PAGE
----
By Eileen O’Toole, Esq., Contributing Editor
A number of significant issues were recently revisited by the courts or the DHCR in either follow-up proceedings or matters involving variations on familiar themes.
The federal Eastern District Court denied injunctive relief to landlord-plaintiffs in Chrysafis v. Marks (LVT #31769), after an appeals court permitted landlords to amend their complaint in order to challenge New York’s recent law permitting good faith court challenges to asserted tenant Hardship Declarations. The court took issue with landlords’ claim that any opportunity provided by the law to challenge Hardship Declarations was “illusory,” pointing out that housing courts had been holding fact-based hearings in response to challenges and noting that none of the landlord-plaintiffs had attempted themselves to challenge Hardship Declarations filed by their own tenants.
Acknowledging that the September 2021 eviction moratorium law also established a procedure for seeking a default judgment and warrant in residential eviction proceedings, the NY City Civil Court last month issued DRP-219 (LVT #31756) to outline housing court management of motions for default judgments.
Perhaps in response to continuing housing court delays resulting from the eviction moratorium and Hardship Declarations, another landlord in recent months sought and obtained an injunction against a residential tenant’s objectionable conduct, rather than seeking eviction. In 118 West 27 LLC v. Saltz (LVT #31765), the court required the loft tenant to provide identification of multiple roommates and employees who came and went from the apartment, avoid illegal activity including drug sales and loitering, and not bring motorcycles or mopeds into the elevators of its building.
The DHCR substantially reduced a tenant’s rent overcharge award after the case of Regina Metropolitan Co. LLC was sent back to the DHCR for recalculation. Applying the 2019 Court of Appeals ruling, the DHCR utilized the actual rent paid on the four-year base date as the starting point for adding lawful rent increases. The total overcharge with interest was now $18,742 instead of $171,965. This meant that tenant owed landlord $153,243 in back rent, which the DHCR gave tenant four years to repay. The DHCR also limited attorneys’ fees that tenant could collect to those spent on the administrative proceedings, noting that the agency didn’t have the authority to award attorneys’ fees for the various court appeals. And, besides, tenants lost the case. The lengthy decision in Matter of Carr-Levy/Regina Metropolitan Co. LLC (LVT #31752) provides a detailed summary of how the Regina matter worked its way through the DHCR and the ensuing court appeals.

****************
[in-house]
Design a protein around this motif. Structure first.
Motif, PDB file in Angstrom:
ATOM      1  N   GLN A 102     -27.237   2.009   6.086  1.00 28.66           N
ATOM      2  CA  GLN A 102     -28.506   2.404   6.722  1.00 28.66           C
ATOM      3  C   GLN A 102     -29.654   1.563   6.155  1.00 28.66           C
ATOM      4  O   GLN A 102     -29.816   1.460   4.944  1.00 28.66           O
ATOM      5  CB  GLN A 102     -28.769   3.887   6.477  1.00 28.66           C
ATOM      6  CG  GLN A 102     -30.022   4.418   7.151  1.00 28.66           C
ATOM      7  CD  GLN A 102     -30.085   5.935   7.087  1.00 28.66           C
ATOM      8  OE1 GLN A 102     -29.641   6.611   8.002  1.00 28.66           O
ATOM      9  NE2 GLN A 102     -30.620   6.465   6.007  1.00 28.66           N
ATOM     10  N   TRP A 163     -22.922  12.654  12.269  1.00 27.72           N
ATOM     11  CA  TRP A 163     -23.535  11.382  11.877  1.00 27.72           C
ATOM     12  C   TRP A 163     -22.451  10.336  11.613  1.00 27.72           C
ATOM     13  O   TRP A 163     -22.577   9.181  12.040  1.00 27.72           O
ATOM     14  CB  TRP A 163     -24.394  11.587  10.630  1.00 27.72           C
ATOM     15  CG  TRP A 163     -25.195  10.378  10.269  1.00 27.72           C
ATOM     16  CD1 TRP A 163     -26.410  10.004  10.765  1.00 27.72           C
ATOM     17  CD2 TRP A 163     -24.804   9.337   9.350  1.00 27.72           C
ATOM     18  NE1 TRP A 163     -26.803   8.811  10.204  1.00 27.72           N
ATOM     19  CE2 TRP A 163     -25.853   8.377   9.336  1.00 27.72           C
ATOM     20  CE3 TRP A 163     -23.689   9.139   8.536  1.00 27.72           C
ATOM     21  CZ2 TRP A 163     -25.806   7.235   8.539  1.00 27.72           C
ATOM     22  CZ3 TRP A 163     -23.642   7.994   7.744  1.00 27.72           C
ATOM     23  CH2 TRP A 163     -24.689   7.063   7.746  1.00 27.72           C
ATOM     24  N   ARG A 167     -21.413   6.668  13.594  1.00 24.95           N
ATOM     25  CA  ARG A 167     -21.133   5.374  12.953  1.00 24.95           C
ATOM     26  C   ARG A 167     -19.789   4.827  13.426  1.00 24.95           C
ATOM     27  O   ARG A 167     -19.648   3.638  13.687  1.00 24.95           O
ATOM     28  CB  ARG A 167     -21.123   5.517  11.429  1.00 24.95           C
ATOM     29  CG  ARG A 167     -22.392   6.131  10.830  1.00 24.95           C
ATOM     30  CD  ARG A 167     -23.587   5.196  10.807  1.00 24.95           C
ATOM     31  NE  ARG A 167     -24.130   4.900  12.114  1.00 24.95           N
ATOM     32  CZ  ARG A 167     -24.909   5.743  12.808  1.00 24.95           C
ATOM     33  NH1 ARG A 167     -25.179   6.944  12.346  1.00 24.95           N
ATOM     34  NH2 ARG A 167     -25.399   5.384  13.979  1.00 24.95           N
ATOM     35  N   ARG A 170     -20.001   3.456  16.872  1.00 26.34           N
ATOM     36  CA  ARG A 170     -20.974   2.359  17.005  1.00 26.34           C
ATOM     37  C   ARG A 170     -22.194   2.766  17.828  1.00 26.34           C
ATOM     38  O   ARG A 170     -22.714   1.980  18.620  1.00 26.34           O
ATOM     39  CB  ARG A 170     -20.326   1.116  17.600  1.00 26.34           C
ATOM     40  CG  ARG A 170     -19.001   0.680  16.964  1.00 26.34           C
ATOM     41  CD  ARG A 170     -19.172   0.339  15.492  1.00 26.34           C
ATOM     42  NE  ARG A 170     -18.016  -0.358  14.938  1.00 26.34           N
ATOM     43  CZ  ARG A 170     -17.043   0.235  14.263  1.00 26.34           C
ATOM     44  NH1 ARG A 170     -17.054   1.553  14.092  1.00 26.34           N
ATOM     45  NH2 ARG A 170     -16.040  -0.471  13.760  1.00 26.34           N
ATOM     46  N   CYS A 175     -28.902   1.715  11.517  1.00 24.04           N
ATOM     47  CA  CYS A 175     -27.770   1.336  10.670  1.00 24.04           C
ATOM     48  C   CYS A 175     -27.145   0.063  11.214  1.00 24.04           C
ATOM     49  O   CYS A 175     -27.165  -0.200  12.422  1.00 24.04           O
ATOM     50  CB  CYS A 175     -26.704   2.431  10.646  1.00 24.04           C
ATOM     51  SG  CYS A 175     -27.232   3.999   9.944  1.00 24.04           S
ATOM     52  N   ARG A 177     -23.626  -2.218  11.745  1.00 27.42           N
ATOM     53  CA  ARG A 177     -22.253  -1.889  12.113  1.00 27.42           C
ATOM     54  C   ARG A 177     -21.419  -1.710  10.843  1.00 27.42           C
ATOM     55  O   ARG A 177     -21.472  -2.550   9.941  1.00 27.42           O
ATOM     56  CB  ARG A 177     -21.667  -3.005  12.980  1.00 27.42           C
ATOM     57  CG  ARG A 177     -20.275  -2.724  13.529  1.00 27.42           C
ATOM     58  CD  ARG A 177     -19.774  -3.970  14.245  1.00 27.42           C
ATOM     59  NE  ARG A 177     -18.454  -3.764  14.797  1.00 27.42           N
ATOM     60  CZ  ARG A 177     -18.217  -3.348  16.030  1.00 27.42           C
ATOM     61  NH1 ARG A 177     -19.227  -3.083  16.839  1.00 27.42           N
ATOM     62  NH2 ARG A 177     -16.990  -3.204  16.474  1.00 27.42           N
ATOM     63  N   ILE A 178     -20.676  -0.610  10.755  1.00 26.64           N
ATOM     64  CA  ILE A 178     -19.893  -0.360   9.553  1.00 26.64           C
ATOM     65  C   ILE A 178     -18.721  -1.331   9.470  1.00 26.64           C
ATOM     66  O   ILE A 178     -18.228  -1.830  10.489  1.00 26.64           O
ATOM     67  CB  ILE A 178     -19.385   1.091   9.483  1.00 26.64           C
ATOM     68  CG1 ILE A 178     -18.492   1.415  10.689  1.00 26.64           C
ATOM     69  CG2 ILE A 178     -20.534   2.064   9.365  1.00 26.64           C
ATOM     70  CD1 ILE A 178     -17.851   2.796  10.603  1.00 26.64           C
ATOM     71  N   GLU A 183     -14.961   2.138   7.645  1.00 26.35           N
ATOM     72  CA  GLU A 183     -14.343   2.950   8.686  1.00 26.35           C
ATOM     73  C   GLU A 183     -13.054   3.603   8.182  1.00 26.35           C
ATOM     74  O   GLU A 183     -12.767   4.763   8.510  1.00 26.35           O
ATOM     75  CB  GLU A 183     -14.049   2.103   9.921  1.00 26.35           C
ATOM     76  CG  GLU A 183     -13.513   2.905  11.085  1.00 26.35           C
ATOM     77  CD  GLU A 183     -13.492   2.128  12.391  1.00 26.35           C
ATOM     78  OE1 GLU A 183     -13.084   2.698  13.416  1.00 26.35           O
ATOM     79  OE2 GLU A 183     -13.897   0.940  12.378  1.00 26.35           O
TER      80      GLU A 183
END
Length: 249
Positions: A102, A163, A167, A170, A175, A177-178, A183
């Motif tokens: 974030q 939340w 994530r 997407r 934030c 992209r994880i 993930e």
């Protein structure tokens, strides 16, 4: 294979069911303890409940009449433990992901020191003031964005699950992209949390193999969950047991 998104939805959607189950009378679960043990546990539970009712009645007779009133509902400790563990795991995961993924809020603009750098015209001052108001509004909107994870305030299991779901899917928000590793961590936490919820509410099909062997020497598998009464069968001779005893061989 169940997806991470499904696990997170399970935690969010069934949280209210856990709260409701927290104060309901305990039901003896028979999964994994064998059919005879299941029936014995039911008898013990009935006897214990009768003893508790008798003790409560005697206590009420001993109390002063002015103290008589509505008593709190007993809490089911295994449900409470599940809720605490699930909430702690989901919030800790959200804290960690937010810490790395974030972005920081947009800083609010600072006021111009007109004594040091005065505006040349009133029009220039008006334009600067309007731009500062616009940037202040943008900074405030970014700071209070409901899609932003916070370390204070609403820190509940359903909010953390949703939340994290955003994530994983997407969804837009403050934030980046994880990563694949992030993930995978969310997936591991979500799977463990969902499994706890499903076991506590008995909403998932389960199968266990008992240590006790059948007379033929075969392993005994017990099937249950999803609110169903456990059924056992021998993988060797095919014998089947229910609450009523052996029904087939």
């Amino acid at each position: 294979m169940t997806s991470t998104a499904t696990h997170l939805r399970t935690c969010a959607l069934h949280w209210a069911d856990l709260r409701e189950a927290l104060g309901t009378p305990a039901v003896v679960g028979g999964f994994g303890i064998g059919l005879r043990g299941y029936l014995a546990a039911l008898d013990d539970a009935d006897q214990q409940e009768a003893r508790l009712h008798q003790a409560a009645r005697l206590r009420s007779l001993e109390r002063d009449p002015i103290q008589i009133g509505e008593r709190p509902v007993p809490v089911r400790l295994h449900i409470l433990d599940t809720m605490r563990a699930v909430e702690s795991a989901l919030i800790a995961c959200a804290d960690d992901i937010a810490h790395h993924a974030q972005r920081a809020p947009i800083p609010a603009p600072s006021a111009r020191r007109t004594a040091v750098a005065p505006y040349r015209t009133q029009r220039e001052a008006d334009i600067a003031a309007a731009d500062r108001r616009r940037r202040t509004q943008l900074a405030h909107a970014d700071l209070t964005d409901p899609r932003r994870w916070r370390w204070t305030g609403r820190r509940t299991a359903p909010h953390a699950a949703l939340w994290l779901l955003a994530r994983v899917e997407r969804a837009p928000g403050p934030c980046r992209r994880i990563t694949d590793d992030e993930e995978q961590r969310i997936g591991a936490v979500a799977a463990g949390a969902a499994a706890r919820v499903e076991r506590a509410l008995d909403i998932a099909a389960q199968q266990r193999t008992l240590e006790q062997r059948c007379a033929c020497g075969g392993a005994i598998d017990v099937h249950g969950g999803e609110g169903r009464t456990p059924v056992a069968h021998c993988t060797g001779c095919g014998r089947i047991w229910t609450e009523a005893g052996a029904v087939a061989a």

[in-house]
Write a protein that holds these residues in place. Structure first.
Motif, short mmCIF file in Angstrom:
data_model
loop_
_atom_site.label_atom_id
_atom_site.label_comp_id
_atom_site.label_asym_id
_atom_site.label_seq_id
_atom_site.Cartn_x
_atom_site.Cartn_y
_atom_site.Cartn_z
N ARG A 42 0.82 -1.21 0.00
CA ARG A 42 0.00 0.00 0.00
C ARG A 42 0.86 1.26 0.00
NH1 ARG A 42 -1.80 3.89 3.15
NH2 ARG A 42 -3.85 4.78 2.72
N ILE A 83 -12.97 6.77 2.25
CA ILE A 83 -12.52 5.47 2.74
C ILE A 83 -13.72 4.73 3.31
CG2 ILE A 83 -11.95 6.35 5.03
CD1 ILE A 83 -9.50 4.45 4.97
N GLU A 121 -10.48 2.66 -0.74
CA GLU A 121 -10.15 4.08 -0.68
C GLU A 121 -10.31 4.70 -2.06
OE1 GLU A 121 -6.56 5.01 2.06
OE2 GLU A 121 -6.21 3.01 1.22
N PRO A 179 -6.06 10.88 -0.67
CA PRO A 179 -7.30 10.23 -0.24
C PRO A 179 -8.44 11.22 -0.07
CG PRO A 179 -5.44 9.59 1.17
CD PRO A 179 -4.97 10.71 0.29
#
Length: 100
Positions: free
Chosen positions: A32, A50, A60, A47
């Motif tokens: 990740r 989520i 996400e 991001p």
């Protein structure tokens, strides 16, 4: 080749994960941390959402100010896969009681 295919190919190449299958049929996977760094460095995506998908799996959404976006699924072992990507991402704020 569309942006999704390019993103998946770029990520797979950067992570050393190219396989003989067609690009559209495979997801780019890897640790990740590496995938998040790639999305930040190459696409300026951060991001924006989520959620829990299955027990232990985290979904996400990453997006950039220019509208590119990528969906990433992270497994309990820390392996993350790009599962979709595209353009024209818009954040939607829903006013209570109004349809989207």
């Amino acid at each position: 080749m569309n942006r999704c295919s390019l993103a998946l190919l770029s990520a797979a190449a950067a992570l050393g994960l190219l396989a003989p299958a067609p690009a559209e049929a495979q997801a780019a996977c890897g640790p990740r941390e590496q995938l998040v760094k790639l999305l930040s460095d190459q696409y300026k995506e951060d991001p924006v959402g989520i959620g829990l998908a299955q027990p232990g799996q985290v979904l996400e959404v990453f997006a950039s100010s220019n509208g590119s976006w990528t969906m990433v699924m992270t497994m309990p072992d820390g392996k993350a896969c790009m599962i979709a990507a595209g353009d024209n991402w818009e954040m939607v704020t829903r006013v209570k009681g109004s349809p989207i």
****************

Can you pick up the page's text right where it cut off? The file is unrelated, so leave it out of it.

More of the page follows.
After a tenant lost a bid before the DHCR for rent-stabilized status of two apartments rented in landlord’s building, an appeals court upheld tenant’s claim for a refund of rent/use and occupancy paid into court or to the landlord while a related nonpayment proceeding was pending. In Trafalgar Co. v. Malone (LVT #31727), the Appellate Term directed landlord to pay back substantial rent deposits to tenant because the units in question had been illegally altered and the building’s C of O wasn’t valid.
The DHCR issued rulings in several cases concerning rent overcharge claims in RPTL 421-g buildings that had been converted from commercial to residential use and made subject to rent stabilization. Decisions in Matter of 50 Murray Street Acquisition LLC (LVT #31747) and Matter of Ninety Five Wall Street LLC (LVT #31746) reiterated that high-rent deregulation didn’t apply to initial 421-g rents, which often were well above former DHCR deregulation thresholds. The DHCR noted in these cases that, unlike cases involving improper deregulation while a building received J-51 benefits, the agency itself was never involved with creating any confusion concerning deregulation of 421-g buildings.
A court upheld DHCR’s ruling that an SRO tenant who became rent stabilized as the result of a 2015 ruling was subject to a rent of $353.50 per month. In Ahmed v. DHCR (LVT #31767), the tenant argued that his legal rent should be $83 per month. But the court found that the DHCR’s application of a sampling method, rather than a default formula, was reasonable to establish the unit’s first rent-stabilized rent in the amount determined by the agency.
Finally, adding to the mix of rulings on 421-a building tenant claims that rent concessions granted to the initial program tenants were disguised preferential rents resulting in rent overcharges, the court in Burrows v. 75-25 153rd St., LLC (LVT #31768) denied the landlord’s motion to dismiss, finding that further hearing was needed on the facts of the case.